Is "No Pets Allowed" Allowed?
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Is “No Pets Allowed” Allowed?

Landlords often prohibit tenants from having pets. Can they actually do that?

Renting in Toronto is already a trying experience, what with landlords charging outrageous rents for their “bright, sunny” basement apartments. But renters with furry companions face another hassle: apartment ads that boldly state “No pets,” and landlords who won’t rent to someone with a pet.

Anabela Carneiro ran into some renting roadblocks because of her cat, Oreo. She wrote to a landlord about an apartment, and the landlord wrote back with the details. “I mentioned that I had a cat,” she explains, “because it was a private landlord and I wanted to be honest, and she wrote back saying that I couldn’t view the place. She claimed there were allergies in the house.” Emily Cocarell found herself keeping mum about her dog, Pickles, when interviewing for apartments. She would mention she had a guinea pig, and if the landlord had issues with that, she wouldn’t even return her application. “But if they said that a cat or a guinea pig were okay then I didn’t mind lying to them about the dog.”

Pet owners often encounter Craigslist ads like this one.

This might be a good time for a quick refresher course on tenant rights in Ontario. According to the Landlord and Tenant Board website, landlords are allowed to refuse to rent to someone with a pet. However, a “no pets” clause in a lease is void, so signing a lease that has one doesn’t give your landlord the right to kick you out if you move an animal in. Jennifer Ramsay of the Ontario Human Rights Legal Support Centre explains: “Under the Residential Tenancies Act, a landlord can’t evict you for having a pet, they just can’t.” They can evict you if your pet is causing property damage, a noise disturbance, or an allergic reaction (or if the pet is dangerous). But Ramsay says this is has nothing to do with pet ownership. “If your dog goes apeshit and tears out the wall, you’re not evicted on the basis of having a pet, but rather for interfering with others’ reasonable enjoyment of the place.”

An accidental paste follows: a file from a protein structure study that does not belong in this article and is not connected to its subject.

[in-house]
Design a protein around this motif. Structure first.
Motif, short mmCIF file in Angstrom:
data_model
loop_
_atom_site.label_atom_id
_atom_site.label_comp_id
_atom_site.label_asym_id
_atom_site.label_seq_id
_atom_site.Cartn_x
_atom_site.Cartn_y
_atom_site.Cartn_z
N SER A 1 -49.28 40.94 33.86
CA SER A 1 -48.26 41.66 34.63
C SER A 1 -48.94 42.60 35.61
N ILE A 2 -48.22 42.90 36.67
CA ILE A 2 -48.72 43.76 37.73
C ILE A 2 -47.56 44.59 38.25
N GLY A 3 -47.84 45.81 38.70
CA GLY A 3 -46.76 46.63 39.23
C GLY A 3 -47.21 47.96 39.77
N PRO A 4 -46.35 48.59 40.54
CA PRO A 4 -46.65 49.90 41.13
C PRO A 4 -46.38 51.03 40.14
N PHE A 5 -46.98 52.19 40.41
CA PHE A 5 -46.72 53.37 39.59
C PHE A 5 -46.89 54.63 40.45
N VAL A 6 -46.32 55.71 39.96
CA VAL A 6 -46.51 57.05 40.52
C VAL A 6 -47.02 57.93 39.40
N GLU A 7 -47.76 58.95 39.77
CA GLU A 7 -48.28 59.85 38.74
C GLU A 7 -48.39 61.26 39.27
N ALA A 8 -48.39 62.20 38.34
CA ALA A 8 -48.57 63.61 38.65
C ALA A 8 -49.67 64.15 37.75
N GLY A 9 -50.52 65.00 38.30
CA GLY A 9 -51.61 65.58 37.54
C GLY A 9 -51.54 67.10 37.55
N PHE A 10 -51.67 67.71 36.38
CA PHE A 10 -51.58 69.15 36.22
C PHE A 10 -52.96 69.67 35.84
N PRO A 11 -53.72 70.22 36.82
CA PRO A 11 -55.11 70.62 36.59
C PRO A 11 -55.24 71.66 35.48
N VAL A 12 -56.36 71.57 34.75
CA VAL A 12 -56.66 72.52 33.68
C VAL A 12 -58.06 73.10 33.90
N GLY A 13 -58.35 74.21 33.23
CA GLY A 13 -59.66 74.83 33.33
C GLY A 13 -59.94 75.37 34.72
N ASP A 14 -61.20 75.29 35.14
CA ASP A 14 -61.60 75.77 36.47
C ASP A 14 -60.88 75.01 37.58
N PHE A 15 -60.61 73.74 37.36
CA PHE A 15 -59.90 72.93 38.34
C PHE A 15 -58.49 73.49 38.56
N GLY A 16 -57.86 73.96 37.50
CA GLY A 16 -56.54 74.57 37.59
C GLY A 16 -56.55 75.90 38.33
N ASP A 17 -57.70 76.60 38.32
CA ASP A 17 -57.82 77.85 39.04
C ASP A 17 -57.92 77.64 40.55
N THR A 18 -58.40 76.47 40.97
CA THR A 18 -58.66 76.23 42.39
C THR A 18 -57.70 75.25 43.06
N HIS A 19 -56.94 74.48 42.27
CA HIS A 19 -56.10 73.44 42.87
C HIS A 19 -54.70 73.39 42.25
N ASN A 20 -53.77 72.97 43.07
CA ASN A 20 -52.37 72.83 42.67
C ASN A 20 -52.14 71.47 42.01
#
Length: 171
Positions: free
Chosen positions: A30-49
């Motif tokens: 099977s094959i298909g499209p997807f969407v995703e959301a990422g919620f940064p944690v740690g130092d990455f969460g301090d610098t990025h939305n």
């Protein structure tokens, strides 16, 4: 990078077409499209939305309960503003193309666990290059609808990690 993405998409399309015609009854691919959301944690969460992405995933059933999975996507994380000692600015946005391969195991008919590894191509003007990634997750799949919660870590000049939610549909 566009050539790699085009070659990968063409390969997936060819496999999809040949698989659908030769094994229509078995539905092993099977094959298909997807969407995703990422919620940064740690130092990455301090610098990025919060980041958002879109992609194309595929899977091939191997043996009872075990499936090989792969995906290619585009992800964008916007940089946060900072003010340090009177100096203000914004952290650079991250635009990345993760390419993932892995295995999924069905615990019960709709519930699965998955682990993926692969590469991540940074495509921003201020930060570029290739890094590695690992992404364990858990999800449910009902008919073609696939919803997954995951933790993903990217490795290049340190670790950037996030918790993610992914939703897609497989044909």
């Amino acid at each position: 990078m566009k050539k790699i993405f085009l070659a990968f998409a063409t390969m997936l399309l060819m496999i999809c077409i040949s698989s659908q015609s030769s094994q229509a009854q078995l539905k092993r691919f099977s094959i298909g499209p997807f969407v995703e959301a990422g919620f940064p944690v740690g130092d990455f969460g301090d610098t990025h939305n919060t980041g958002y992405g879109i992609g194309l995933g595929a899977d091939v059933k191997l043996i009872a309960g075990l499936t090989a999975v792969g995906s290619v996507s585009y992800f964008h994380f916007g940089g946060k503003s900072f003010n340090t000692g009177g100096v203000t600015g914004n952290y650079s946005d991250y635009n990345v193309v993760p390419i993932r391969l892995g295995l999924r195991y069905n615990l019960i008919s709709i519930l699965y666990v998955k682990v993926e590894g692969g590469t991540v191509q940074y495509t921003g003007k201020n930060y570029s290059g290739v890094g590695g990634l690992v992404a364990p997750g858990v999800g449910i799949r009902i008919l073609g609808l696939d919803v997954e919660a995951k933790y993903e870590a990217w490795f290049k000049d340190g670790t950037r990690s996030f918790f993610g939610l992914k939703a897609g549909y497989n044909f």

Putting “no pets” in an ad isn’t considered discrimination, according to Ramsay, because pet ownership isn’t covered under the Human Rights Code. What is covered is disability, and renting to tenants with service animals is an area that is much more black and white. Angela Hysen, who is deaf, ran into problems when she tried to rent a place for her and her certified hearing ear dog, Magic. After Hysen had provided references and gone over the lease, the landlord backed out, saying the dog, a golden Labrador, was too large for the apartment and that potential property damage was a concern. “The landlord decided not to return my phone calls even though I was really interested in the apartment,” says Hysen.
Ramsay says Hysen’s experience is an example of an open-and-shut case of discrimination. “In the realm of human rights, not many things are much clearer than the fact that people with service animals can go wherever the hell they want.” In this case, Hysen could have called the OHRC and reported the landlord. “The first step would be to try and resolve it really quickly, usually by calling the landlord and saying, ‘You’ve got to be joking.’ Oftentimes, landlords will say, ‘All right, sorry.’ If they decide to be shirty about it, they will face an application at the tribunal, and they will lose.” There are some subtleties that may work in the landlord’s favour, such as claiming to have violent allergies, but even then a doctor’s note must be produced. “Not liking pets doesn’t count.”
Ramsay concludes that, while she doesn’t necessarily recommend sneaking in a pet, a landlord has no grounds to evict you if you do. Renters who feel they’ve been wrongfully ousted from their apartments should contact the Human Rights Legal Support Centre or the Landlord and Tenant Board. Prospective tenants are probably best following the example set by Carneiro and Cocarell and just being upfront and honest. After viewing more than forty apartments in six weeks, Cocarell and her roommate were offered a place. “We knew we might lose it by confessing, but I didn’t want to lie to Robin (our super cool landlord), so we basically apologized for forgetting to tell him about Pickles, promised to fix anything she might damage, and signed the lease. We’ve been there since late September and love it.” Carneiro still thinks she should have been allowed to view that apartment. “A small cat can cause allergies through a ceiling? Give me a break. But I didn’t want to live in a house with someone like that anyways.”
With thanks to Robin Rix and Christopher Bird.

CORRECTION: JUNE 17, 2009 Jennifer Ramsay spoke to Torontoist on behalf of the Ontario Human Rights Legal Support Centre, not—as the article originally said—the Ontario Human Rights Commission.